NHL 06


posted 12/7/2005 by Ben Berry
other articles by Ben Berry
One Page Platforms: Xbox

If I’ve been harsh on the title thus far, that’s because I am such a fan of the franchise and want to see the few areas it’s lacking improved. After fooling around with “Exhibition” mode, I launched into “Dynasty” mode like an Ilya Kovalchuk one-timer.

It was really enjoyable at first setting rosters and negotiating contracts between seasons. While the game has minor league teams, assignment of non-roster players is generic to the “minors” and doesn’t allow the player to be assigned to a specific league. Additionally, none of the new rules regarding contracts, trades, waivers, or even the salary cap are included. There are some settings in “Dynasty” mode, such as changing the cost of tickets or the percentage of profit on concessions that look to be a compromise on not including a salary cap. This was likely due to time constraints and should be fixed in NHL 07.

On the ice, this game is tough to beat when it comes to fun factor. I’ve played hundreds of games from all different genres and on several different platforms, and to me there’s nothing quite like racing into the zone with the puck and backing off the defender right as you saucer pass the puck across the zone to a streaking winger who one-times the puck over the goalies shoulder. While I’m a proponent of skill over grit in the real NHL, fighting will always have its place in the EA NHL. Beating down the opponents goon with your teams own tough guy doesn’t just give you the reward of dishing out a whoopin’, but it also gives your teams momentum a boost, and that certainly doesn’t hurt in a close game.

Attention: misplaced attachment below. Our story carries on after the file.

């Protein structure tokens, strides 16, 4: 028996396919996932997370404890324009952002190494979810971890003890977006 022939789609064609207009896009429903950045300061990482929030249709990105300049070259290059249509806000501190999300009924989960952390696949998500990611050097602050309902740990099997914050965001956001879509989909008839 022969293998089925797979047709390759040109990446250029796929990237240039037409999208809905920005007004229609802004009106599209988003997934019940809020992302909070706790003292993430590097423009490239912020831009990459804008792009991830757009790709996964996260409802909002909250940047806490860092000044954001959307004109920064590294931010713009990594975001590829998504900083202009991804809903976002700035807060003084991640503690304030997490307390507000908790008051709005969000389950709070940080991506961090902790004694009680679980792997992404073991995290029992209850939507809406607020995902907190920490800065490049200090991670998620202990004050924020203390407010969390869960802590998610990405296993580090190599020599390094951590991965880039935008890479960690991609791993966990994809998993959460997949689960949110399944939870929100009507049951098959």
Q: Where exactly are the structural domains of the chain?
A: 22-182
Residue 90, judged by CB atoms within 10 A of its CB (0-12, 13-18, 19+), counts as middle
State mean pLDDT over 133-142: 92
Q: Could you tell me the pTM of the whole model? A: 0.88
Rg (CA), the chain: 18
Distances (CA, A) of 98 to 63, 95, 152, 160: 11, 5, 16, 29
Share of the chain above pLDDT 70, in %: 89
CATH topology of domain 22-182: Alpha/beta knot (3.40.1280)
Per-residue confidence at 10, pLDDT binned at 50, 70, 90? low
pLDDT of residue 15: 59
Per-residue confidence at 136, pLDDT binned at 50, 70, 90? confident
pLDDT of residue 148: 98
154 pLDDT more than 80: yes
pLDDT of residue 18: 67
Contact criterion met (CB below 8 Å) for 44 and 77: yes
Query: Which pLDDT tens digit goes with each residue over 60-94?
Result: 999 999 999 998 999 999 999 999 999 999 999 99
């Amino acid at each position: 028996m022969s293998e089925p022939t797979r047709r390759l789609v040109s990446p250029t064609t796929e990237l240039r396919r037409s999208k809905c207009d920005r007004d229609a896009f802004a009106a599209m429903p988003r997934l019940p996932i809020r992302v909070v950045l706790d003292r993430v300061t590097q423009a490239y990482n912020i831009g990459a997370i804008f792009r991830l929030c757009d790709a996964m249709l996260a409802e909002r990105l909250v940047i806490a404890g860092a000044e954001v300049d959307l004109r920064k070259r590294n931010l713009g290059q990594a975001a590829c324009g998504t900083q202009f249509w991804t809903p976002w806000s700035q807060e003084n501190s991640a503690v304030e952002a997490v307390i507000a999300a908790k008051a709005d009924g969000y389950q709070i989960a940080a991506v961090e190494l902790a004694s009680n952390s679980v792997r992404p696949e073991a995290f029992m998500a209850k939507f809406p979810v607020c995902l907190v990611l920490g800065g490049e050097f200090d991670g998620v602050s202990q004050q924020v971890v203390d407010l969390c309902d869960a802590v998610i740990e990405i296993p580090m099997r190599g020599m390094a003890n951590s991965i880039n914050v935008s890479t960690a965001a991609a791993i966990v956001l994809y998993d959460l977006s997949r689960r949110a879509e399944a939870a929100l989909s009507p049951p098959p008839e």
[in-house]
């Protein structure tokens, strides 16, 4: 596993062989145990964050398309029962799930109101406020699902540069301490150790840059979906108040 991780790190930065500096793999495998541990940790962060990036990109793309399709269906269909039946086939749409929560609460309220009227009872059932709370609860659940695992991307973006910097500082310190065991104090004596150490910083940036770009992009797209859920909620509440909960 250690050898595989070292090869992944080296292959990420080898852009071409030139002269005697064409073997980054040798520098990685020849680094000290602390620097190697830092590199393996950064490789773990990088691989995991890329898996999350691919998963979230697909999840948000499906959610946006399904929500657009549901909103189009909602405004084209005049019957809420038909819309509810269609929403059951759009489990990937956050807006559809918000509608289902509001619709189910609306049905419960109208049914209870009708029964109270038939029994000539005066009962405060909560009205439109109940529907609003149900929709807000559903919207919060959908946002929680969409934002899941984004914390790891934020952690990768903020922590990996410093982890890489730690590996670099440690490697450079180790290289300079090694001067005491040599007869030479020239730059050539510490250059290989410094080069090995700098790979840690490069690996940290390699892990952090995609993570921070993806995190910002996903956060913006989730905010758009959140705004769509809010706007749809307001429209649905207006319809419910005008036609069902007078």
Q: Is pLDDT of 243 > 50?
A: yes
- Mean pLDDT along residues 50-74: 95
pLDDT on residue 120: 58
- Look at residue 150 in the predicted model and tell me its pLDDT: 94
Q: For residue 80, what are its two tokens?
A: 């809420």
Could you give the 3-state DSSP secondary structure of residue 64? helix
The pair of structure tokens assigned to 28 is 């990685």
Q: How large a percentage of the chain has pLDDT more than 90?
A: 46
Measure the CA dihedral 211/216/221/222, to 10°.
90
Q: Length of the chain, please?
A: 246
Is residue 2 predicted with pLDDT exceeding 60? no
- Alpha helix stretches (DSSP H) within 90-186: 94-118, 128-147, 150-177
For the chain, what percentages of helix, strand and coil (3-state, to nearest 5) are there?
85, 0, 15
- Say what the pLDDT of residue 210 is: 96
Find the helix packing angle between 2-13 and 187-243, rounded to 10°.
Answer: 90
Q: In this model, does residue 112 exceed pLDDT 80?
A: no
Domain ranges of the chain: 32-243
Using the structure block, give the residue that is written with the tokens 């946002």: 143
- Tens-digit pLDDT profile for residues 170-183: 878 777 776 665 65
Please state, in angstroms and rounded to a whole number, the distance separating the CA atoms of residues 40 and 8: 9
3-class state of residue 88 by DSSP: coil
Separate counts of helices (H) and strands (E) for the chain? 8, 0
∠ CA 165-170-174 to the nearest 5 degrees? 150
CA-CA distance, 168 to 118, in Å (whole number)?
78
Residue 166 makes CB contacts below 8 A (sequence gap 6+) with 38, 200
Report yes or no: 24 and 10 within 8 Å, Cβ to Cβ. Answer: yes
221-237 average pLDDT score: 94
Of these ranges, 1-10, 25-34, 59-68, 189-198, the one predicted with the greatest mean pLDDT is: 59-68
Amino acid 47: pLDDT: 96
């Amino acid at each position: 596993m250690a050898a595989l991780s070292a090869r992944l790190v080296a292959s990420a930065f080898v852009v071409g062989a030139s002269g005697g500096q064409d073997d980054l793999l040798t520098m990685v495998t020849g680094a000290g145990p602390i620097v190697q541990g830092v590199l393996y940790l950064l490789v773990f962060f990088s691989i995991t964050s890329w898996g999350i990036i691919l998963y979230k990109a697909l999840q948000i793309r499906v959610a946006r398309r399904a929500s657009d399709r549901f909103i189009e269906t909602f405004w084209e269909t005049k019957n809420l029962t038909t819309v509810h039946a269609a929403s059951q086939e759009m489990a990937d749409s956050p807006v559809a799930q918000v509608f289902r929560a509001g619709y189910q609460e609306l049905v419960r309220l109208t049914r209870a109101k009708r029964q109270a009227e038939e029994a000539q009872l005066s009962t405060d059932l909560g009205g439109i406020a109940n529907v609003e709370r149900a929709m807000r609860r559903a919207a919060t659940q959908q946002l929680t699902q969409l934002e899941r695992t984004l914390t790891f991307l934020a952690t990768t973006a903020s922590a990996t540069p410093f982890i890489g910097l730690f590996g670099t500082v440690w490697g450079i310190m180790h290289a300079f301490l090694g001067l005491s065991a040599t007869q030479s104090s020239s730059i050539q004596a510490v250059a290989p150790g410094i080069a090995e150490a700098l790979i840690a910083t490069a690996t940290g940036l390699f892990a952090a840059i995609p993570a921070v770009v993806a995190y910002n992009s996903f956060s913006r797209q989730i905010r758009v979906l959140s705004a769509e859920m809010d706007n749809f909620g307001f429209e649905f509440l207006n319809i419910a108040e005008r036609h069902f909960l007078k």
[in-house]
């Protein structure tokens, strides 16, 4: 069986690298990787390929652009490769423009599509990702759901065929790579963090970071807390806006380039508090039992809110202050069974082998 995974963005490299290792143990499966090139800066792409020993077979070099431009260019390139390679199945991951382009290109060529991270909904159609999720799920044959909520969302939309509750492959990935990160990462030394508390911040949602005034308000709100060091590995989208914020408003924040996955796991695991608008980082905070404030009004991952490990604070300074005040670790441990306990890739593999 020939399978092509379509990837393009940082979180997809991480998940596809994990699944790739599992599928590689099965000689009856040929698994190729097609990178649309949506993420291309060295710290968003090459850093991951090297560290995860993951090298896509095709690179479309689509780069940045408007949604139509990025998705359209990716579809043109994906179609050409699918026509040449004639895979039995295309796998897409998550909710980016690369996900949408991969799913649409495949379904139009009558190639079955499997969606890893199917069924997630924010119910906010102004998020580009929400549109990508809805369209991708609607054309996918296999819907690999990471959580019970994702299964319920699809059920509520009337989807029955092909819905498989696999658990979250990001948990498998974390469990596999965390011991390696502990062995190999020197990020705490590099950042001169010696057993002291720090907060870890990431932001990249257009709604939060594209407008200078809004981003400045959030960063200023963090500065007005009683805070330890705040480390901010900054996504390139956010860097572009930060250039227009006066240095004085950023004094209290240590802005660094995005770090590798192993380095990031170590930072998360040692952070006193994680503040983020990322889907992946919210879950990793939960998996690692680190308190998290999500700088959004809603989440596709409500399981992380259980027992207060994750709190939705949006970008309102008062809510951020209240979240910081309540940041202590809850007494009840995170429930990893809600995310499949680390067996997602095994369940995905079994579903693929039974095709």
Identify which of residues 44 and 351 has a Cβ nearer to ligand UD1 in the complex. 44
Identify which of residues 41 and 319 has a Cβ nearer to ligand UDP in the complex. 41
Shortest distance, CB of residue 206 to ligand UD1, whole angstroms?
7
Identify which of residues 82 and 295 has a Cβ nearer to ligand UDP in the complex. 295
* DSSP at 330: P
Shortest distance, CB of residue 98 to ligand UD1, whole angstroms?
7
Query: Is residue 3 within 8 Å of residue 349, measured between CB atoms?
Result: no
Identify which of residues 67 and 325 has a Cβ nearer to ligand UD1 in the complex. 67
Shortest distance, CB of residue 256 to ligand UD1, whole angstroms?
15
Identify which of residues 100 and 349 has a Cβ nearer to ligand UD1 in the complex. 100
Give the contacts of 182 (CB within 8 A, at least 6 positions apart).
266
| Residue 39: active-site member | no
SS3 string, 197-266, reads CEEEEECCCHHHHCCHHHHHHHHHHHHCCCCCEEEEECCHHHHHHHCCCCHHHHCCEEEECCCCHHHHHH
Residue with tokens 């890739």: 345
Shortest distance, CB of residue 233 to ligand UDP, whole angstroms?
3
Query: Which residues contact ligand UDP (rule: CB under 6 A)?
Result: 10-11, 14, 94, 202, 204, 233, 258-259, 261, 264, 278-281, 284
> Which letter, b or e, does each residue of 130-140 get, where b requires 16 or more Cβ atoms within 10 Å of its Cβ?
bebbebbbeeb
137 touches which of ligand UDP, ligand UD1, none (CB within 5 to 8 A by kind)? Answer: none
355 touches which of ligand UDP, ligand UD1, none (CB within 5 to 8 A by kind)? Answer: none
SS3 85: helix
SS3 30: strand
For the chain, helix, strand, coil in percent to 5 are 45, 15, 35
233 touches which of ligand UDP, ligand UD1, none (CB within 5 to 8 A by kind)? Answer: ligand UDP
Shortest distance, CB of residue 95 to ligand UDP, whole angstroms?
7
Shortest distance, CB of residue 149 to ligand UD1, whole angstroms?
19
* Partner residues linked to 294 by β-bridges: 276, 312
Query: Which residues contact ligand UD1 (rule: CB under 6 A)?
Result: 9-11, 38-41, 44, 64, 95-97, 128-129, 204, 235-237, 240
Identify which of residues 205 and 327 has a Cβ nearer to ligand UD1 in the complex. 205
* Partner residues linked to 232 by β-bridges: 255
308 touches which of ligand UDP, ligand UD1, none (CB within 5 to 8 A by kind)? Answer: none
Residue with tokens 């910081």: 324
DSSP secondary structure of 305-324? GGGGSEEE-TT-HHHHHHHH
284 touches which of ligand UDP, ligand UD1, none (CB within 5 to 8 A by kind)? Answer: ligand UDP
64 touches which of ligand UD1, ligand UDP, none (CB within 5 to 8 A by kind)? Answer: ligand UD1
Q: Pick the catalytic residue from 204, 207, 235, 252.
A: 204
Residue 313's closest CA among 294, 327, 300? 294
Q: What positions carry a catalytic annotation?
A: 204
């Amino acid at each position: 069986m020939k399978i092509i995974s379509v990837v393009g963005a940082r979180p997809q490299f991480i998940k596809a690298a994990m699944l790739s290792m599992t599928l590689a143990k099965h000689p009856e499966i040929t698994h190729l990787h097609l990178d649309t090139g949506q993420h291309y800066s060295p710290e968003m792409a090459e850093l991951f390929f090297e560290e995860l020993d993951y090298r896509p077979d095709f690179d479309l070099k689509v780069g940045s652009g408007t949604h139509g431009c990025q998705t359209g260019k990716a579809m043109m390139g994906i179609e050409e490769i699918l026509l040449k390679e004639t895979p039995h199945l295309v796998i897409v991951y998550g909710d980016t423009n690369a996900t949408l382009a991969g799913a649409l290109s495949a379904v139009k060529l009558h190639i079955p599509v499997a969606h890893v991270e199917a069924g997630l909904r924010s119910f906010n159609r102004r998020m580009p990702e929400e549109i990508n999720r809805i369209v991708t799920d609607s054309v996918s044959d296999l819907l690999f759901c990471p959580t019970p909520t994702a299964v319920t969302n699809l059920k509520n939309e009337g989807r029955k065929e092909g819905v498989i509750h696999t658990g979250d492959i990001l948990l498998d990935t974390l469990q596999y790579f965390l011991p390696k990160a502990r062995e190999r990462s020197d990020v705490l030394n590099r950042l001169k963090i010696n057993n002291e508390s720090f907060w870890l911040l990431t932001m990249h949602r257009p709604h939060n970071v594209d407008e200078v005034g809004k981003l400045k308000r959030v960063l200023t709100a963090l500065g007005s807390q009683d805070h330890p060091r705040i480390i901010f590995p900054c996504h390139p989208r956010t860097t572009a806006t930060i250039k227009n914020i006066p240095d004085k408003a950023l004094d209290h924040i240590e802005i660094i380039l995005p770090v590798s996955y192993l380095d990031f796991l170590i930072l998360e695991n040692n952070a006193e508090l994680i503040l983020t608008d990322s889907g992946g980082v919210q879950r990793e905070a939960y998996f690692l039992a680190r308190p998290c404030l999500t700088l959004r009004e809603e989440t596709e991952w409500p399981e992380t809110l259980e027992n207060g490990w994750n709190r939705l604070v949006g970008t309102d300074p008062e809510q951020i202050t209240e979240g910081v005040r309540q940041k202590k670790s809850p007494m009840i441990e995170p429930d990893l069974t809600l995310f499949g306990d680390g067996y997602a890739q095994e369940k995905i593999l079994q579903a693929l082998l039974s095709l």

If I have any complaints about the on-ice experience, it’s to do with the difficulty settings of the game. “Easy” is so easy, within an hour of game time, even novices will be racking up 8 to 10 goals in a game. When the user moves up from “Easy”, the difficulty goes up so much so fast that even advanced users will have trouble keeping control of the puck in the offensive zone for more than a few seconds. This is likely due to the increased skill of the computer AI, which was surely a necessary upgrade from the previous offerings. Adjusting the specific settings of each difficulty rating allowed me to find a level of play that I found both rewarding and challenging.

EA made a big deal of emphasizing the customer player creation in the NHL 06. While this “EA Creation Zone” allows for customization of a player from head to toe, these customer player features have never appealed to me. If EA wants to find a way to include more flexibility in the game, they should acquire licensing from the Canadian Major Junior Hockey leagues in order to offer more “real” players for the “Dynasty” mode drafts.

As with prior versions, multiplayer can be accomplished at the console level or via Xbox Live. Even with the advances to the AI, the best hockey comes from a live opponent. Xbox Live offers a terrific option for those who can’t find a worthy local opponent. I may have to go the Xbox Live route myself, as dominating my editor at console hockey has become ho-hum.(editors note: when your opponent takes the Red Wings against the Blue Jackets you tend to win most of the time)

In conclusion, NHL 06 improves upon NHL 05, and provides some advances that point towards what could be an amazing title in NHL 07, especially on the Xbox 360.

Decent gameplay, a solid dynasty mode, and an improved physics engine more than make up for poor team creation and few major enhancements as NHL 06 goes “five hole” on the competition.

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